Let me quickly remind you what we discussed last time on our earnings call. Our research suggested that 11% of U.S. households would cut the cable TV cord by the end of the year. That’s about triple the rate of cord cutting that we’ve come to expect the last few years. That cord cutting rate rises to 18% for the coveted 18-34 year-old demo.

And the number one reason households would keep cable TV? Live sports. 60% of them cited live sports as the primary reason they hang on to cable. And you don’t have to take my word for it. Fast-forward three months. ROKU recently issued its annual survey into TV viewing trends. According to their research, 32% of U.S. households have now cut the cord or never had it, and a further 25% are “shaving” their cable TV costs. 45% of those cord shavers said they expect to fully cut the cord by year end. The number one reason? Cost savings.

In the current environment, many households are looking at their home entertainment costs and their cable TV bill is often the most expensive part of their TV content line-up. But related to that, the number two reason? Access to free streaming TV services. As more broadcasters make their content available through AVOD services, the cost equation for many households is something of a no brainer.

And according to the same survey, even if live sports make a comeback, less than one in five cord cutters said they’d rethink their decision. Because those same sports events are now available over streaming services.

So whatever assumptions you had about the shift toward CTV and how many years it would take you can throw those out. COVID has changed everything. Advertisers can’t ignore these shifts in consumer behavior. And they do not want to.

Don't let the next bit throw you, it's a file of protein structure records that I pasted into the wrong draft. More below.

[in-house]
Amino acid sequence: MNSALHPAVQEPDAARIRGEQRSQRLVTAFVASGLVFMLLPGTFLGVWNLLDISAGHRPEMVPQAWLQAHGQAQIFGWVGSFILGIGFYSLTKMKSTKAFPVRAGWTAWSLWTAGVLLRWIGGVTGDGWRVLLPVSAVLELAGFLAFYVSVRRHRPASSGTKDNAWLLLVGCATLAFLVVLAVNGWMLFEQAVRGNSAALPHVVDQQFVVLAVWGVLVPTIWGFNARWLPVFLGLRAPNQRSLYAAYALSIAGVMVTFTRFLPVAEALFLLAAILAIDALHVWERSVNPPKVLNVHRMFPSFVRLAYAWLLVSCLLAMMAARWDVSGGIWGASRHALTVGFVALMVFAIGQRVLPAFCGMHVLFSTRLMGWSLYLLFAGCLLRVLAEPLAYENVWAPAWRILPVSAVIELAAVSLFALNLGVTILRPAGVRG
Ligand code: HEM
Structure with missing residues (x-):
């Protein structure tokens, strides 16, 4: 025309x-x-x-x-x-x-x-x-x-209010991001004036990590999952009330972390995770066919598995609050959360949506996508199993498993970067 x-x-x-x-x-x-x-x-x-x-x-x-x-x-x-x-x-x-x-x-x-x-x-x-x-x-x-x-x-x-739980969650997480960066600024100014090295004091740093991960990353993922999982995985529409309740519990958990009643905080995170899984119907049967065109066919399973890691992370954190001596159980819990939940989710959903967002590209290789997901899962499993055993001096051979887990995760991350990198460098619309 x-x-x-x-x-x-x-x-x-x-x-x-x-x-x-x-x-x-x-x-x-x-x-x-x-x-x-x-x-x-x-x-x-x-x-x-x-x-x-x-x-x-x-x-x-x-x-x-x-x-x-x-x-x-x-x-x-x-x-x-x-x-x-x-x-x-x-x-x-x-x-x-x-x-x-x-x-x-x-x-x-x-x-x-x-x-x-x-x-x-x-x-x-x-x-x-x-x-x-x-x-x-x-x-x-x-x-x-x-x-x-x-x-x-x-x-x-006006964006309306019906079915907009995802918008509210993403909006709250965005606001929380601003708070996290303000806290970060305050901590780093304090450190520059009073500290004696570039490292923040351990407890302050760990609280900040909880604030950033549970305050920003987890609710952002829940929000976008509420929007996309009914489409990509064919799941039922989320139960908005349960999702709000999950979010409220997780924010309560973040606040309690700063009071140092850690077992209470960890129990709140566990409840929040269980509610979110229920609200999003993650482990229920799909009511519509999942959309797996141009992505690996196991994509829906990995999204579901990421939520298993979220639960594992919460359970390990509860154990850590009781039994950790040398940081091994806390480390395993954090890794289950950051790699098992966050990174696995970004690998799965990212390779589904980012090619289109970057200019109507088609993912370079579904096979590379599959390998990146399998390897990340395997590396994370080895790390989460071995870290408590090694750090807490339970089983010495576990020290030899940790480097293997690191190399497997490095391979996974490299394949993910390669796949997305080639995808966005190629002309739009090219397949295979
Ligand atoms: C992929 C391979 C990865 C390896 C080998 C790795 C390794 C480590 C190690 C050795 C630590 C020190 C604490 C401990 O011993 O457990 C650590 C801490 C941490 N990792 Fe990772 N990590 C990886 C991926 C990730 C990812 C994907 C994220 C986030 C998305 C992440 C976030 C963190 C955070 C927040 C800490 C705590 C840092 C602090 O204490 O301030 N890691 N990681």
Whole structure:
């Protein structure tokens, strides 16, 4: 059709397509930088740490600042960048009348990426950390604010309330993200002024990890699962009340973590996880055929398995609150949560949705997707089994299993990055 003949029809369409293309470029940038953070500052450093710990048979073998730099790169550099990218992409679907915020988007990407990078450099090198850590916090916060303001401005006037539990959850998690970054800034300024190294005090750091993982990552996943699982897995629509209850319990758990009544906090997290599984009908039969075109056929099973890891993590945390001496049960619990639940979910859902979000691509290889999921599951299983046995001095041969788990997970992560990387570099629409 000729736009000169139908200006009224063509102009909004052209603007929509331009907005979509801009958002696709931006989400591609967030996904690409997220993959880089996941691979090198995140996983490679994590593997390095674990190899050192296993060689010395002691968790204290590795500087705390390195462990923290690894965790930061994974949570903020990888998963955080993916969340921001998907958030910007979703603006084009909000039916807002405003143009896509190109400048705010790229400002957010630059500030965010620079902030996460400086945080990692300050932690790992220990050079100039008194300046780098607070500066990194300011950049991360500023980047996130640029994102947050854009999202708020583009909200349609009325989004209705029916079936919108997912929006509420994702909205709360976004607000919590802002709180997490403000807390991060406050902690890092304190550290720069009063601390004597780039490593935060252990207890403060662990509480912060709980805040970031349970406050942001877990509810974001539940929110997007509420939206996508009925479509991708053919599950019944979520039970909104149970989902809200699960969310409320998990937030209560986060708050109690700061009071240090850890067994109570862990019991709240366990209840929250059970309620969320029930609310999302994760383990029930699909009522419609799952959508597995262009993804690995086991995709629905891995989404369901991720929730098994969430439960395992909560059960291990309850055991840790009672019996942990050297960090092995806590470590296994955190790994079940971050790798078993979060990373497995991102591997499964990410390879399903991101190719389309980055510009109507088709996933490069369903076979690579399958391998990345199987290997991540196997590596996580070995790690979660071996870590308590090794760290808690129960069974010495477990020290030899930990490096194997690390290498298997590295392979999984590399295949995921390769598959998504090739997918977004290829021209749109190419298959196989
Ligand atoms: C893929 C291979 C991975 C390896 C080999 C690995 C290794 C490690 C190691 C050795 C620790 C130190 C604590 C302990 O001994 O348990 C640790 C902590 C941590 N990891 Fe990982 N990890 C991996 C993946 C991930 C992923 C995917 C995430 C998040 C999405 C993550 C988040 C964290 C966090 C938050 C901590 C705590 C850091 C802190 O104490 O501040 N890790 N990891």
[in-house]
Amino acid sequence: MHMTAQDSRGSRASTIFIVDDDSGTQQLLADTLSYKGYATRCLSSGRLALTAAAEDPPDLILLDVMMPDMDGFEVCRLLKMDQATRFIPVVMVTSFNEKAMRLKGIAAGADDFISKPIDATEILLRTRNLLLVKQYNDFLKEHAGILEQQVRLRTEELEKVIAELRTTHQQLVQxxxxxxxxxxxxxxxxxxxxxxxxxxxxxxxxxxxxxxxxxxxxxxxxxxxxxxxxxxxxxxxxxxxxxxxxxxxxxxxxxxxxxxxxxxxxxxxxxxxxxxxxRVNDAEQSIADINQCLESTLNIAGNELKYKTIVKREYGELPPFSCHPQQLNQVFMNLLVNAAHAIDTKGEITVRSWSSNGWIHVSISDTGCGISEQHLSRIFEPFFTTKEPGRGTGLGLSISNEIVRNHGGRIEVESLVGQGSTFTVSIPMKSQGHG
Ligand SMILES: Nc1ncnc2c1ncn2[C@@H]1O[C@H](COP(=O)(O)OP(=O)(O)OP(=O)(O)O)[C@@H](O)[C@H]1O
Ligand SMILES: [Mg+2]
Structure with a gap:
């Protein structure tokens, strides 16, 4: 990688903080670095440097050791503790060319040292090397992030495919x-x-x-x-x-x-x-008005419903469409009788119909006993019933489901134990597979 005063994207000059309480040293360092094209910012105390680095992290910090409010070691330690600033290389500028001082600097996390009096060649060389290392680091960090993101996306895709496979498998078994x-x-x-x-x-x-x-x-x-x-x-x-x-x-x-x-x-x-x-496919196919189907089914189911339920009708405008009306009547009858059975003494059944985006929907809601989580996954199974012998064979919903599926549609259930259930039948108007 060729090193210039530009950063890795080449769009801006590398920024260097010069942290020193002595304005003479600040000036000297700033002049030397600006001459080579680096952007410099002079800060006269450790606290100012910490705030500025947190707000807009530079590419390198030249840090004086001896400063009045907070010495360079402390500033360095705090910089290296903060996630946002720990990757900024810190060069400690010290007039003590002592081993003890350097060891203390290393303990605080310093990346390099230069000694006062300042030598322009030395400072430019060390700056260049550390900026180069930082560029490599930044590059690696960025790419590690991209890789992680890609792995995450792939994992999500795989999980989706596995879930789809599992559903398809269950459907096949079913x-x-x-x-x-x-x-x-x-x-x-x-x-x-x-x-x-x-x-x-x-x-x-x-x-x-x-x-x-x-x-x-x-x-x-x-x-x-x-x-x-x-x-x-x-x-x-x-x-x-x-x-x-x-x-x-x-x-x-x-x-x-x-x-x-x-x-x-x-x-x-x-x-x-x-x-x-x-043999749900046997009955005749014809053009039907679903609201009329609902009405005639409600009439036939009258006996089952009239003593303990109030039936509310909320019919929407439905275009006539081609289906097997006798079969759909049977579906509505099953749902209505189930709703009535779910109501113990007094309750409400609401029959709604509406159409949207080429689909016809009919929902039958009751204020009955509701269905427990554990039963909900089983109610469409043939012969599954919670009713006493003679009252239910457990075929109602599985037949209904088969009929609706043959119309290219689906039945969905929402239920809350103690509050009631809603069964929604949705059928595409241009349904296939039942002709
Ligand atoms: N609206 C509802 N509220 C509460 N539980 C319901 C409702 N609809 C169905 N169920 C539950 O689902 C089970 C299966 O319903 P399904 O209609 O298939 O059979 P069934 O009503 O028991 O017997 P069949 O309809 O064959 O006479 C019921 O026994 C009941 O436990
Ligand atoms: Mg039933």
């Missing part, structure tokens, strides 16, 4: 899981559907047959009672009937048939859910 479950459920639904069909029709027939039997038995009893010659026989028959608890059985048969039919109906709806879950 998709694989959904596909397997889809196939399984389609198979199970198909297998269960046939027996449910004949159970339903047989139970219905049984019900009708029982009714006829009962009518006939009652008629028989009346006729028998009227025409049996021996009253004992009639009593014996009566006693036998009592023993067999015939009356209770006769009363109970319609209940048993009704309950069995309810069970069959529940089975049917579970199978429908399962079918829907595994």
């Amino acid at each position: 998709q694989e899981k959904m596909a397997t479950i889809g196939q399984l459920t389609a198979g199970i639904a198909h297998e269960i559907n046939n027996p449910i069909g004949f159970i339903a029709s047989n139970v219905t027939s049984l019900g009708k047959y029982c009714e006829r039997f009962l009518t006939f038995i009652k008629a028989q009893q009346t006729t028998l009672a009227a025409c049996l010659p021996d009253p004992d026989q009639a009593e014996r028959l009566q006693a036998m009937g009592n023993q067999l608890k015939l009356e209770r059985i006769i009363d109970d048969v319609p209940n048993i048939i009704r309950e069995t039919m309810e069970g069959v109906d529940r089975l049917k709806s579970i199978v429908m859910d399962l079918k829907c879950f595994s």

As I said, their growing concerns about user generated content, which are only exacerbated by recent events, represent the straw breaking the camel’s back. They want to shift to the premium content that CTV now enables. Their consumers are there. In addition, not only has NBC launched its new streaming service Peacock on July 15, but Pluto reported three times the viewing hours in April that it had at the beginning of the year. Tubi reported that their viewing hours were up 100% in April. Vudu reported an increase of 55% in this stay at home environment. Such is the growth in AVOD, that these platforms have recently been acquired by Viacom, Fox and NBCU respectively.

In addition to moving to where viewers are, advertisers also benefit from applying data to their TV campaigns for the first time. For example, after the COVID lockdown started, a large U.S. insurance company wanted to be more data-driven in their TV spend. Their goal was to extend reach while managing frequency. Using a third-party measurement firm through our platform, the results were transformative.

Even though CTV CPMs are roughly 3 times those of linear CPMs, using CTV lowered the cost-per-unique household by over 2.5X. Even more eye opening for the brand, using CTV on our platform, they were able to reduce ad frequency to the consumer by over 80% compared with their previous linear campaigns. In this case, site visits were 2X more efficient when using data-driven CTV versus publisher data. Overall, this resulted in a significant reduction in cost per acquisition.